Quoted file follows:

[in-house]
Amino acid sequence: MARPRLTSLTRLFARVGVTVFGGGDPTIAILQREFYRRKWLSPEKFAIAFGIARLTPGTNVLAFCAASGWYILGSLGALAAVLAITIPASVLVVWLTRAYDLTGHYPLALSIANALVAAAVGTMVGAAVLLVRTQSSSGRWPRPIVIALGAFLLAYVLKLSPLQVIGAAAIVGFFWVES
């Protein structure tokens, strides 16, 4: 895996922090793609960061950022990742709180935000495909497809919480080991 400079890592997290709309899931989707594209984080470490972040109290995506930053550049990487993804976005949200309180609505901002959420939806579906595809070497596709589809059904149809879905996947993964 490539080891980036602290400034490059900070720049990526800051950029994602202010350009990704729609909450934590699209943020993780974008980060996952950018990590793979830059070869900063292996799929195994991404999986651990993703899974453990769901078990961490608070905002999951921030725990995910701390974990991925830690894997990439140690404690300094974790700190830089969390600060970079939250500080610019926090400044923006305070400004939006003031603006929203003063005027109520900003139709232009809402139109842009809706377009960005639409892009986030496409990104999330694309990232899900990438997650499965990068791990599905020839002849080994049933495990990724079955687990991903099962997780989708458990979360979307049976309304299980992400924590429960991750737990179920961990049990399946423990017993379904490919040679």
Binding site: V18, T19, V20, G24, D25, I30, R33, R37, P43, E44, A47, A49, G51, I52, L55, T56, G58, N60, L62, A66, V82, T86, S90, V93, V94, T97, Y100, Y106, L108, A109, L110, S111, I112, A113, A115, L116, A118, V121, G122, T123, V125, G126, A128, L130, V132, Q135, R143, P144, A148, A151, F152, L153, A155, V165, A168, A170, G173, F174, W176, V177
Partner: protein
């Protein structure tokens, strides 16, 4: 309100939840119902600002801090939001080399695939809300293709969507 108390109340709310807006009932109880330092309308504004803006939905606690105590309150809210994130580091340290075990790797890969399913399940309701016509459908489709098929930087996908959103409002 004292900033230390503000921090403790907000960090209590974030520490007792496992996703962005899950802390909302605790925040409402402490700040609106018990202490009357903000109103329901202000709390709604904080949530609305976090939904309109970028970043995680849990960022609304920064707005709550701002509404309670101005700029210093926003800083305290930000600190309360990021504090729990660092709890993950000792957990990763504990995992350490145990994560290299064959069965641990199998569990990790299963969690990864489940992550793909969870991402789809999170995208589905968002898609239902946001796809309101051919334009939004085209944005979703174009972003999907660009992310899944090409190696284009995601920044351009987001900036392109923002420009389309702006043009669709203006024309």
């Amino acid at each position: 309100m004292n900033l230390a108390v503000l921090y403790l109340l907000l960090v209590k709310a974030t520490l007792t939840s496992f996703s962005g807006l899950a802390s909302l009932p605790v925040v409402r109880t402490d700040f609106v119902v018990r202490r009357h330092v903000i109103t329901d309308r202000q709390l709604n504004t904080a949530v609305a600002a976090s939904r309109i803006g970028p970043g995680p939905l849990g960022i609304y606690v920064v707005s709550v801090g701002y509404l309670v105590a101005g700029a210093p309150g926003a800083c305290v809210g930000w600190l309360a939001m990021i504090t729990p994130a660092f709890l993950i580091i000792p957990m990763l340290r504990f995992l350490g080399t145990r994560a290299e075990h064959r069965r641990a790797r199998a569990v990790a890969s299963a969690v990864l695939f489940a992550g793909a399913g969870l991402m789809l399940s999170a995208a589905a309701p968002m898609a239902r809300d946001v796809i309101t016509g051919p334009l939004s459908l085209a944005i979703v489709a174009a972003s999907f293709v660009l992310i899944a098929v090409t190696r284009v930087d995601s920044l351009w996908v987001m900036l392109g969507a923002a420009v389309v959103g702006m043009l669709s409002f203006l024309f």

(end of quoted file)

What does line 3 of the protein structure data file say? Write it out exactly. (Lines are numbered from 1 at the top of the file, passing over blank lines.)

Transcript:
């Protein structure tokens, strides 16, 4: 895996922090793609960061950022990742709180935000495909497809919480080991 400079890592997290709309899931989707594209984080470490972040109290995506930053550049990487993804976005949200309180609505901002959420939806579906595809070497596709589809059904149809879905996947993964 490539080891980036602290400034490059900070720049990526800051950029994602202010350009990704729609909450934590699209943020993780974008980060996952950018990590793979830059070869900063292996799929195994991404999986651990993703899974453990769901078990961490608070905002999951921030725990995910701390974990991925830690894997990439140690404690300094974790700190830089969390600060970079939250500080610019926090400044923006305070400004939006003031603006929203003063005027109520900003139709232009809402139109842009809706377009960005639409892009986030496409990104999330694309990232899900990438997650499965990068791990599905020839002849080994049933495990990724079955687990991903099962997780989708458990979360979307049976309304299980992400924590429960991750737990179920961990049990399946423990017993379904490919040679």